• Avoid or limit naps. Naps can make it harder to fall asleep at night. If you can’t get by without one, try to limit a nap to no more than an hour and don’t nap after 3 p.m.
  • Minimize sleep interruptions. Close your bedroom door or create a subtle background noise, such as a running fan, to help drown out other noises. Keep your bedroom temperature comfortable, usually cooler than during the day. Drink less before bedtime so that you won’t have to go to the toilet as often.


Cognitive behavioral therapy: A new tool for treating insomnia

For years, people who spent their nights tossing and turning didn’t have many choices. But now there is an insomnia treatment that’s an alternative to pills, even for people with severe or chronic sleep problems. Called cognitive behavioral therapy (CBT), this relatively simple, short-term treatment has long been used to treat a range of problems, including depression, panic attacks, eating disorders and substance abuse. Now, it has also proved effective against insomnia. So effective, in fact, that for most people it works better than sleeping pills — with no side effects.   CBT can benefit nearly everyone, including older adults who have been taking sleep medications for years, people with physical problems such as restless legs syndrome, and those with primary insomnia, an intractable, lifelong inability to get enough rest. What’s more, the effects seem to last — a year after CBT, most people still sleep soundly.

If  you snore or wake up tired after good night sleep: Recommend you get a Sleep Study To diagnose whether you have Sleep Apnea.   If you do have sleep apnea very very important:   USE C PAP machine if you have sleep apnea! It can save your brain!    (Dr. Nancy Emerson Lombardo)



10 foods by RealAge with  two more (see italicized words) added by Nancy Emerson Lombardo, Ph.D.


The secret to getting a solid 7 to 8 hours? About 90 minutes before you want to nod off, head for the kitchen and make yourself some herbal tea, and/or a sleepy-time snack . For those trying to lose weight, might be better to stick with the tea and herbals. Keep any snacks light (around 200 calories), so you don’t overload your digestive system. Include one or two foods from the list below. All help to relax tense muscles, quiet buzzing minds, and/or get calming, sleep-inducing hormones — serotonin and melatonin — flowing. Yawning yet?

1. Bananas — They’re practically a sleeping pill in a peel. In addition to a bit of soothing melatonin and serotonin, bananas contain magnesium, a muscle relaxant.

2. Chamomile tea — Chamomile is a staple of bedtime tea blends because of its mild sedating effect, which makes it the perfect natural antidote for restless minds and bodies.

3. Warm milk — It’s not a myth. Milk has some tryptophan, an amino acid that has a sedative-like effect, and calcium, which helps the brain use tryptophan. Plus, there’s the psychological throwback to infancy, when a warm bottle meant “relax, everything’s fine.”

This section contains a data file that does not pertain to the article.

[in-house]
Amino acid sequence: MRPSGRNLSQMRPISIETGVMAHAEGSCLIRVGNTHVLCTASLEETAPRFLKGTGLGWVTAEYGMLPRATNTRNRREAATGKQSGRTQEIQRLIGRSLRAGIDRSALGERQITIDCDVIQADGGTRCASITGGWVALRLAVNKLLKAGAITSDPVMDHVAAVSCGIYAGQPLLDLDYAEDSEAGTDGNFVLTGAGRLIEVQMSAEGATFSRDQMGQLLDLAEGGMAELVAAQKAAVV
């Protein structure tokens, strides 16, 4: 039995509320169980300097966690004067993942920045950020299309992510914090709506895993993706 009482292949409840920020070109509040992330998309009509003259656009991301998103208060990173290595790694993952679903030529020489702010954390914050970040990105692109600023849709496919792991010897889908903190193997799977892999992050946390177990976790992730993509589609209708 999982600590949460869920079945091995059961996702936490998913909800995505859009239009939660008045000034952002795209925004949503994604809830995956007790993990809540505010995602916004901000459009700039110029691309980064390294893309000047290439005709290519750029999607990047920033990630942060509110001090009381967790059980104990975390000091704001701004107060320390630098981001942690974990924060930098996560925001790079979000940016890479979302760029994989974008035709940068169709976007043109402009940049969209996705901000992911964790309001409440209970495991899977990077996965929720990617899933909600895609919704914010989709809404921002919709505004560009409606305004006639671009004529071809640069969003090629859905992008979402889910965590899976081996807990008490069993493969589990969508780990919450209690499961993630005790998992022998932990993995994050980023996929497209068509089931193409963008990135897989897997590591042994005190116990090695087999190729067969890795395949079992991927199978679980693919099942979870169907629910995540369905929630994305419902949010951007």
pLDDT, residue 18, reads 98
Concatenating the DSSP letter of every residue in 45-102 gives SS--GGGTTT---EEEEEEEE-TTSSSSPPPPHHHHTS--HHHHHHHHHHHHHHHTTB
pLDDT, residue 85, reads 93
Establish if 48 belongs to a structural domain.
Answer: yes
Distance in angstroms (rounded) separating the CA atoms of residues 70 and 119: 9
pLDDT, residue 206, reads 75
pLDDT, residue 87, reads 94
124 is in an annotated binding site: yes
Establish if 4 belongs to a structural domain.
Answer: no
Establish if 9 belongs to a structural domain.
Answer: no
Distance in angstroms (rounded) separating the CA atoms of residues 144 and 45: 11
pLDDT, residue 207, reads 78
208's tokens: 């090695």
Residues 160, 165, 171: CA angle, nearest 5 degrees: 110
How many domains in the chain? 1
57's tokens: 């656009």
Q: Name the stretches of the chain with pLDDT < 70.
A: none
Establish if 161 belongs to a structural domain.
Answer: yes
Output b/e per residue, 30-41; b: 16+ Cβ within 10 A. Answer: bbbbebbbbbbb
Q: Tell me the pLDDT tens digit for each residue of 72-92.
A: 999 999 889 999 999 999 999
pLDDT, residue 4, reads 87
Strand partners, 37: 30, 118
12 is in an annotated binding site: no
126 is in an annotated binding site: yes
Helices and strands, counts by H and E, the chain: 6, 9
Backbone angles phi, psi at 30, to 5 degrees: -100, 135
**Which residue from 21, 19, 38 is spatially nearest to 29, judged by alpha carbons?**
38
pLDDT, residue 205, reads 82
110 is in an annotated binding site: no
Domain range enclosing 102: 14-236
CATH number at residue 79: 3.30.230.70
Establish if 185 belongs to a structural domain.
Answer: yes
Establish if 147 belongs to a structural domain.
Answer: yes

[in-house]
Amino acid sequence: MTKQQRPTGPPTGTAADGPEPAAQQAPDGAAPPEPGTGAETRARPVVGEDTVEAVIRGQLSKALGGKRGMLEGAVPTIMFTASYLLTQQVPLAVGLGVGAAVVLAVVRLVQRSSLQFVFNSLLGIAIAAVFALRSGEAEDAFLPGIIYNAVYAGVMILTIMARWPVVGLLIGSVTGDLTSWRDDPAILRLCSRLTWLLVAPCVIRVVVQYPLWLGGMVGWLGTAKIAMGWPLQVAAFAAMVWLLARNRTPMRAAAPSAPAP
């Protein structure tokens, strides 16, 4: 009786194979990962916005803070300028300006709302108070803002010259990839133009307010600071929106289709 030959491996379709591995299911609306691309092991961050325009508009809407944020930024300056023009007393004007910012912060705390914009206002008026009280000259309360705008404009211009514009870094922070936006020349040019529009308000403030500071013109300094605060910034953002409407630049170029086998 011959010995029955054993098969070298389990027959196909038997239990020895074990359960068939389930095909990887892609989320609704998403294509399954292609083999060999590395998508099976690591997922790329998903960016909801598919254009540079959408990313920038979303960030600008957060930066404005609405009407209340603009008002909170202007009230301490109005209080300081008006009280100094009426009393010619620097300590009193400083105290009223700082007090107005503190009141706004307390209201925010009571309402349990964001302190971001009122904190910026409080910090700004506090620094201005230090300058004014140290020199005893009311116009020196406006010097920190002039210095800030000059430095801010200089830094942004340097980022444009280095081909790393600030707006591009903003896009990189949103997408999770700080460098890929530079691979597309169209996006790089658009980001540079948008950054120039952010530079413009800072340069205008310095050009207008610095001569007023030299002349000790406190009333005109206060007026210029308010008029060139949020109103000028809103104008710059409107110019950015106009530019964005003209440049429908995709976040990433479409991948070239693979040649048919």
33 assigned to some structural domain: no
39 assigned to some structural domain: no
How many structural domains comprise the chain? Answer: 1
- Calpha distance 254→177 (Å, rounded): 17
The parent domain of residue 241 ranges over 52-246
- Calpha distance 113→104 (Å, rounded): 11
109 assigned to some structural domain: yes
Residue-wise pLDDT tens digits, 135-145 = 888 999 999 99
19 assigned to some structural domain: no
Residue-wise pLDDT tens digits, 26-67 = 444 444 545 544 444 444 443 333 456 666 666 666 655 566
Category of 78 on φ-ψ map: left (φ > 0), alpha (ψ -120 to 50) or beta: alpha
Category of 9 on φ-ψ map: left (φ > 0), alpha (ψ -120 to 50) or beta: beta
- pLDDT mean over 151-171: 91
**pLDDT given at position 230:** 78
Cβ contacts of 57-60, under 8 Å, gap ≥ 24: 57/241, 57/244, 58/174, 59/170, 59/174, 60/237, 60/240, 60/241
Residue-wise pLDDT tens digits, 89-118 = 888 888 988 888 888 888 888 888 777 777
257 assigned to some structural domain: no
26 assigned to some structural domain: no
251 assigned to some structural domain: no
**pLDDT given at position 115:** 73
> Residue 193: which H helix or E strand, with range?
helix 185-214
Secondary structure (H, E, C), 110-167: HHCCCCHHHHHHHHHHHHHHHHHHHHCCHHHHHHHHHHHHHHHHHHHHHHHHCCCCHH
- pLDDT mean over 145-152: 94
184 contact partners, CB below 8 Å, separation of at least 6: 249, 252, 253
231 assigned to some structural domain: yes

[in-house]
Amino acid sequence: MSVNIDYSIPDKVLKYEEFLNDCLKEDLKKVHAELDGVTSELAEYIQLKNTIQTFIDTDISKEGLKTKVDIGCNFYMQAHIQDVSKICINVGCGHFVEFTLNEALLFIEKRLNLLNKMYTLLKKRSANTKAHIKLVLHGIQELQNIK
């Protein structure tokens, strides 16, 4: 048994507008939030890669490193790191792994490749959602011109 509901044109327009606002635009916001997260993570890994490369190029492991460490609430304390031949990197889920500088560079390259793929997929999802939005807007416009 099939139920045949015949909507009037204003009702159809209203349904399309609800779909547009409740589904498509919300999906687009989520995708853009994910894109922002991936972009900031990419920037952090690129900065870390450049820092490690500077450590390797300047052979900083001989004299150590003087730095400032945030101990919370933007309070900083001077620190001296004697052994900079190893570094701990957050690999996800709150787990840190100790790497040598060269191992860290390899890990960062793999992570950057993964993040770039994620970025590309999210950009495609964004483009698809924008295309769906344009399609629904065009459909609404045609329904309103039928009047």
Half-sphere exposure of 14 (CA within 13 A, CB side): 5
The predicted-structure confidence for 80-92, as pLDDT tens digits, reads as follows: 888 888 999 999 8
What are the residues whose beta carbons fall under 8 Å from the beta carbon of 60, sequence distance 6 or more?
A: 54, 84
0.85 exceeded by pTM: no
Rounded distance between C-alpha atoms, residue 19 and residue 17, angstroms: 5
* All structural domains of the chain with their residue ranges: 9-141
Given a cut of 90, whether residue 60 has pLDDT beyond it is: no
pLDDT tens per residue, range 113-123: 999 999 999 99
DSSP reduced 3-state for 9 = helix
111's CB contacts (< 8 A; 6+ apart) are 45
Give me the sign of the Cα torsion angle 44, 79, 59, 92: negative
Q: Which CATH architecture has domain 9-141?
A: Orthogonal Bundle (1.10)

4. Honey — Drizzle a little in your warm milk or herb tea. Lots of sugar is stimulating, but a little glucose tells your brain to turn off orexin, a recently discovered neurotransmitter that’s linked to alertness.

5. Potatoes — A small baked spud won’t overwhelm your gastrointestinal tract as it clears away acids that can interfere with yawn-inducing tryptophan. To up the soothing effect, mash the potato with warm milk.

6. Oatmeal — Oats are a rich source of sleep-inviting melatonin, and a small bowl of warm cereal with a splash of maple syrup is cozy — and if you’ve got the munchies, it’s filling, too.

7. Almonds — A handful of these heart-healthy nuts can send you snoozing because they contain both tryptophan and a nice dose of muscle-relaxing magnesium.

8. Flaxseeds — When life goes awry, and feeling down is keeping you up, try sprinkling 2 tablespoons of these healthy little seeds on your bedtime oatmeal. They’re rich in omega-3 fatty acids, a natural mood lifter.

9. Whole-wheat bread — A slice of toast with your tea and honey will release insulin, which helps tryptophan get to your brain, where it’s converted to serotonin and quietly murmurs “time to sleep.”

10. Turkey — It’s the best-known source of tryptophan, credited with all those Thanksgiving naps. But that’s actually modern folklore. Tryptophan works when your stomach’s basically empty rather than overstuffed and when there are some carbs around rather than tons of protein. But put a lean slice or two on some whole-wheat bread midevening and you’ve got one of the best sleep-inducers in your kitchen.

11. Lemon balm tea also known as Melissa.  Calms the spirit and enhances memory.  (added by N. Emerson Lombardo)

12. Magnesium supplements. Helps relax muscles and helps you fall and stay asleep (added by N. Emerson Lombardo)   (go to Store)

What if none of these foods helps? Consider checking with your physician and asking about sleep clinics in your area.   Also Check out your sleep habits with this quick RealAge assessment to find out what’s keeping you up at night.    RealAge Article

wordpress best themes - 2012 wordpress theme - magazine wordpress themes